Asian American women are closing the gap with white men, but that’s not the point

The Washington Post

On Monday, an economist at the right-leaning American Enterprise Institute had something snarky to say about a new government report on the gap between men's and women's earnings.

Economist Mark Perry wrote that the median Asian American woman earns only about 3 percent less than the median American man, according to the latest Bureau of Labor Statistics data. The median Asian American woman also earns significantly more than the median black or Hispanic man in the United States.

“Do those pay disparities reflect gender discrimination against men? Or minority (Asian) privilege?” Perry quipped.

Perry was making a point about how statistics on the gender pay gap tend to be deployed in misleading ways. Full-time working women may earn 79 cents on the dollar compared to men, according to the Census, but that figure doesn’t take into account the gender differences in education and career choices, among other things.
But look within the data, and you see even more striking examples — which themselves reveal the different dynamics that explain why men and women of different backgrounds earn different wages.
Compared to non-Hispanic white men, Indian American women actually earn more on average, and Chinese American women earn about the same. (This is based on data on annual incomes from the 2014 American Community Survey, which are slightly different from the weekly wage data used by the BLS — but the idea is comparable.)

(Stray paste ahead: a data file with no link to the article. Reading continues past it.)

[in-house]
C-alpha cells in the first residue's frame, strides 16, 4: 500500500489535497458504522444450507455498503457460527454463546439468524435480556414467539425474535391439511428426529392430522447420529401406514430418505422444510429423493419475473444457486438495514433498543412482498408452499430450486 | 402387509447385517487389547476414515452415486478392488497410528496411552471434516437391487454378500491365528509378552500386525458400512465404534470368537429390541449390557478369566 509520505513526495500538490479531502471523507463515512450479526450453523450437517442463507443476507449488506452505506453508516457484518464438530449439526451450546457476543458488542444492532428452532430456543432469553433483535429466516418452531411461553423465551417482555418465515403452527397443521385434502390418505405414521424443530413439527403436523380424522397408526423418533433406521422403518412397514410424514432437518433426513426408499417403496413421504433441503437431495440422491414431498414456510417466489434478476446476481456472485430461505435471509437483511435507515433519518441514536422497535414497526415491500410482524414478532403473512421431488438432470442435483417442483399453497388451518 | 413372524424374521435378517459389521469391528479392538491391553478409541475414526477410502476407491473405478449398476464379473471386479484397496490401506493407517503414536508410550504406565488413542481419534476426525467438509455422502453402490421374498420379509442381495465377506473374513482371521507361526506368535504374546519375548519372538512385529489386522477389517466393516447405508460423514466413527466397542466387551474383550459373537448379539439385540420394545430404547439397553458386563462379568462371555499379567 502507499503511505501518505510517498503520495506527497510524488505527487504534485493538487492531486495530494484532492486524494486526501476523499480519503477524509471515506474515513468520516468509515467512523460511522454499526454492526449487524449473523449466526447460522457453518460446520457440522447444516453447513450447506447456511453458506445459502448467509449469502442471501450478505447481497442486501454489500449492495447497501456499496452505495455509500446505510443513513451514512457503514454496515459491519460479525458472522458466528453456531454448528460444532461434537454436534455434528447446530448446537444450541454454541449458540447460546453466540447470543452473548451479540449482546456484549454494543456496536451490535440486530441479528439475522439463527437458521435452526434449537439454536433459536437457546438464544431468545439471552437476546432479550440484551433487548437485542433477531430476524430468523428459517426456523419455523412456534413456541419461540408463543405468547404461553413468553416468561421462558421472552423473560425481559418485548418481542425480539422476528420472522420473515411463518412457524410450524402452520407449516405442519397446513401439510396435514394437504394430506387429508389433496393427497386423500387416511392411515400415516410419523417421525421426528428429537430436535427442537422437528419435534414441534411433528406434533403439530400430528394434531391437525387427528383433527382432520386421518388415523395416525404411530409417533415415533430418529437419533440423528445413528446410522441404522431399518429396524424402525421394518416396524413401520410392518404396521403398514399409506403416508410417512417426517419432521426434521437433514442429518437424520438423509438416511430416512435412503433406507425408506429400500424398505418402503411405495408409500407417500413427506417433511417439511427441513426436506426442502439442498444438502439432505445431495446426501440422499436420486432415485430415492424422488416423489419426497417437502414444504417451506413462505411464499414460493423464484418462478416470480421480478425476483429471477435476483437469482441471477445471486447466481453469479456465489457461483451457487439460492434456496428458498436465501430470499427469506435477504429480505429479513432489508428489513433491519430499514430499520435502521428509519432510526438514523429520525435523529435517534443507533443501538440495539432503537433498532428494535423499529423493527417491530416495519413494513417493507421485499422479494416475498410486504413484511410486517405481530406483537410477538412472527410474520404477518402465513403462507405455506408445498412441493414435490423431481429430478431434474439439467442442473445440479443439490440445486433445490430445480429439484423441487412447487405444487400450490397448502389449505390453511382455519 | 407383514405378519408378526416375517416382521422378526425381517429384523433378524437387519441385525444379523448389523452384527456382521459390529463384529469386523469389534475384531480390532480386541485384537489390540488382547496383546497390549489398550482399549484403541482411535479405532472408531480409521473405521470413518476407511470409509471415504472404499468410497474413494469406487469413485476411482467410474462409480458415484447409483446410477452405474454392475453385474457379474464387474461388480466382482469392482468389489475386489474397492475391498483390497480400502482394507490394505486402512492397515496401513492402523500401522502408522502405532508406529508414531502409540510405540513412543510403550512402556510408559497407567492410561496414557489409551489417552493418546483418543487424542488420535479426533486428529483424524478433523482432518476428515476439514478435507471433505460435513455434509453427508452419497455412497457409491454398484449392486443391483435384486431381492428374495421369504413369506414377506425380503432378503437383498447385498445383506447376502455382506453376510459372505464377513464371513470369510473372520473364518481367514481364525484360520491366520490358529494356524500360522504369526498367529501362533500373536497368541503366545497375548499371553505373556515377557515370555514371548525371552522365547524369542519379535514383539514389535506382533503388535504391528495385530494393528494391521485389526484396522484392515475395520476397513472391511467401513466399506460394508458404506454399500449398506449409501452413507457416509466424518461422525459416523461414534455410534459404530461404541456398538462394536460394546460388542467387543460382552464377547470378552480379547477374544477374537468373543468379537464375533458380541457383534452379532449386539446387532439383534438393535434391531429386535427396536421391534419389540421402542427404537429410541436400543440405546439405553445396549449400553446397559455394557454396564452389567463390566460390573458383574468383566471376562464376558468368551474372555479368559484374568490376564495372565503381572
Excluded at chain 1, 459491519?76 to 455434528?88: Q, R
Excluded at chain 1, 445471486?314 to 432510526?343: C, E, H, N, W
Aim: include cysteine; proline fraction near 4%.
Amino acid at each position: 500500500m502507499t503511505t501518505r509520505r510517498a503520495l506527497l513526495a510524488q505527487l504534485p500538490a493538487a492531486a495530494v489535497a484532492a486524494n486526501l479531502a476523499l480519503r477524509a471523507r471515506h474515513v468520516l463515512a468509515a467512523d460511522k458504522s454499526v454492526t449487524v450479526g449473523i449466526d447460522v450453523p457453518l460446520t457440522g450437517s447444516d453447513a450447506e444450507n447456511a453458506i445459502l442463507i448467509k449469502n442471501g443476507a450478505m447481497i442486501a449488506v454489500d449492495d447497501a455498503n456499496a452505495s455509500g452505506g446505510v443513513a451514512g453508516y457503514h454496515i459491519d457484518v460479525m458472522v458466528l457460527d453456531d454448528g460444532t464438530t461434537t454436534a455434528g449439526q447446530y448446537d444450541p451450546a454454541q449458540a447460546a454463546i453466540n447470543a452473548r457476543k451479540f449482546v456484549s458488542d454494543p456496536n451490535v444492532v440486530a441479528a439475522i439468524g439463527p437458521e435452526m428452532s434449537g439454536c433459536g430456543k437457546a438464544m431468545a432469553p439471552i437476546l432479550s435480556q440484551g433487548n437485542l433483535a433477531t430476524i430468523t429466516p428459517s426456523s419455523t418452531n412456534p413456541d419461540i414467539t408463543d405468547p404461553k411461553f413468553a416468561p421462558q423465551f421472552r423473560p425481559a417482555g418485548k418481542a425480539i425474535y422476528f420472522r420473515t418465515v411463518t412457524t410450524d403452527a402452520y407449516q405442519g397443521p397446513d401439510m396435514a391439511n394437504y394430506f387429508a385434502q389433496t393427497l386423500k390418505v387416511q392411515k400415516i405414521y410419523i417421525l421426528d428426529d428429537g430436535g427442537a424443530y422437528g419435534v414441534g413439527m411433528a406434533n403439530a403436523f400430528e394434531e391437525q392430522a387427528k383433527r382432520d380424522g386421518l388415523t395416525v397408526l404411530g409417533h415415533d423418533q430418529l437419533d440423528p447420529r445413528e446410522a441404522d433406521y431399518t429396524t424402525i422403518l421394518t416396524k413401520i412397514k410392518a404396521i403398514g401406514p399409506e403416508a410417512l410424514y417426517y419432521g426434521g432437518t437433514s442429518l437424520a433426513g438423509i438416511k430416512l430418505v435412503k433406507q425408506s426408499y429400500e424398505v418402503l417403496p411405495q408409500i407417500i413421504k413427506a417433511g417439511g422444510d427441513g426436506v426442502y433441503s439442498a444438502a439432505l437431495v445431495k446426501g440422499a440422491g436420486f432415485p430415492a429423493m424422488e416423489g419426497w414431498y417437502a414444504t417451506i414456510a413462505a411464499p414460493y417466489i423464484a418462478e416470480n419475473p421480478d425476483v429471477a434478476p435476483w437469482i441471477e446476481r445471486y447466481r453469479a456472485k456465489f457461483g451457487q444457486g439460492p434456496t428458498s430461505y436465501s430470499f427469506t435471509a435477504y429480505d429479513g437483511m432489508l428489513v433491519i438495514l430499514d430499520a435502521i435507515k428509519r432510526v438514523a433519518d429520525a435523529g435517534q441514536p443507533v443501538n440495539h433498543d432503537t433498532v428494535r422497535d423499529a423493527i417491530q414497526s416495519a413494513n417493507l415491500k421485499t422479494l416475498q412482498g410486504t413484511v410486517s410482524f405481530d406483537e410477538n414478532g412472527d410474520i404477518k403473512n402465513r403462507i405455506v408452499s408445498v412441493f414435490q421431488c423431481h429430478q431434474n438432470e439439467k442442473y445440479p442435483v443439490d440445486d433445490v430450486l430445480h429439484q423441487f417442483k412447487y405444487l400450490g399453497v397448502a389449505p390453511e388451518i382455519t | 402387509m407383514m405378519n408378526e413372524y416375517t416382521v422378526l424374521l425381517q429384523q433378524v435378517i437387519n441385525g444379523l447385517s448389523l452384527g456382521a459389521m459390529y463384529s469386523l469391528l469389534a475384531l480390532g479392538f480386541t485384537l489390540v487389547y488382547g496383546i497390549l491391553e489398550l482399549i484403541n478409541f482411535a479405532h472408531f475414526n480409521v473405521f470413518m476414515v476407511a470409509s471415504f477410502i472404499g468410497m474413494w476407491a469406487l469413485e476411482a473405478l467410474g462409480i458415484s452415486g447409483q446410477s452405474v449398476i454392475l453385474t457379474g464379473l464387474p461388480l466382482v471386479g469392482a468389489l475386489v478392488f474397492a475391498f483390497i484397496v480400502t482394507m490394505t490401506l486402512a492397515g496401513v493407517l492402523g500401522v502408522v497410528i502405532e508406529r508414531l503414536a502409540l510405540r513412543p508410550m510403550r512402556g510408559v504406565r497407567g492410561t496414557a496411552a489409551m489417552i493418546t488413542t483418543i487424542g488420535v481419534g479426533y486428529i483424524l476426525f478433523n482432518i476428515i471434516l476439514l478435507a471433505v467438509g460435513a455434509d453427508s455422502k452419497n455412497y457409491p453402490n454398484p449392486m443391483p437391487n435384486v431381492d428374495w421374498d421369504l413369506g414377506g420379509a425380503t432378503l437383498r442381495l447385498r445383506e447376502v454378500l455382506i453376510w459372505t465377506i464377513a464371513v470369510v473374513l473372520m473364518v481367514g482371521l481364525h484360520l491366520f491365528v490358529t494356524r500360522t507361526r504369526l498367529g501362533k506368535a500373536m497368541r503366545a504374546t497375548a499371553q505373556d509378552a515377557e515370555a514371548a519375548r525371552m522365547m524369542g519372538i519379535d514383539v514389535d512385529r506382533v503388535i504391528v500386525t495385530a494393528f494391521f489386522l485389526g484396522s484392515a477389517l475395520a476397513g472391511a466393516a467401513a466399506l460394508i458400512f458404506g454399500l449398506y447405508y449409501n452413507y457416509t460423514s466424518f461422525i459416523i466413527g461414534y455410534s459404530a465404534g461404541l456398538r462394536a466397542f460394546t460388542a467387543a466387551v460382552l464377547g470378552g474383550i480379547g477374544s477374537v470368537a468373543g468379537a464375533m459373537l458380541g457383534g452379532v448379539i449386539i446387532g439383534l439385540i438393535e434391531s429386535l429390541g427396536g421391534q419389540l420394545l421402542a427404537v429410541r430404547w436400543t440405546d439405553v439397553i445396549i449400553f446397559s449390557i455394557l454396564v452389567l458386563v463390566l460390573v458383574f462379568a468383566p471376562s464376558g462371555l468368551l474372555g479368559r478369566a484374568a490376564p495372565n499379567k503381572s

Education has a lot to do with the Asian-woman advantage. More than half of Asian Americans over 25 have a bachelor’s degree or higher, compared to only 33 percent of non-Hispanic whites. And 21.8 percent of Asian Americans also have graduate or professional degrees, compared to 12.8 percent of non-Hispanic whites.

In other words, Asian Americans are 50 percent more likely to have bachelor's degrees, and nearly twice as likely to hold PhDs, law degrees, MBAs or MDs.

Educational attainment is even higher for some ethnic groups. About 72 percent of Indian Americans have four-year college degrees, and a whopping 40 percent have some professional or graduate degree.

Think about that stat for a second. Indian Americans are more likely to have advanced degrees than white Americans are likely to have finished college.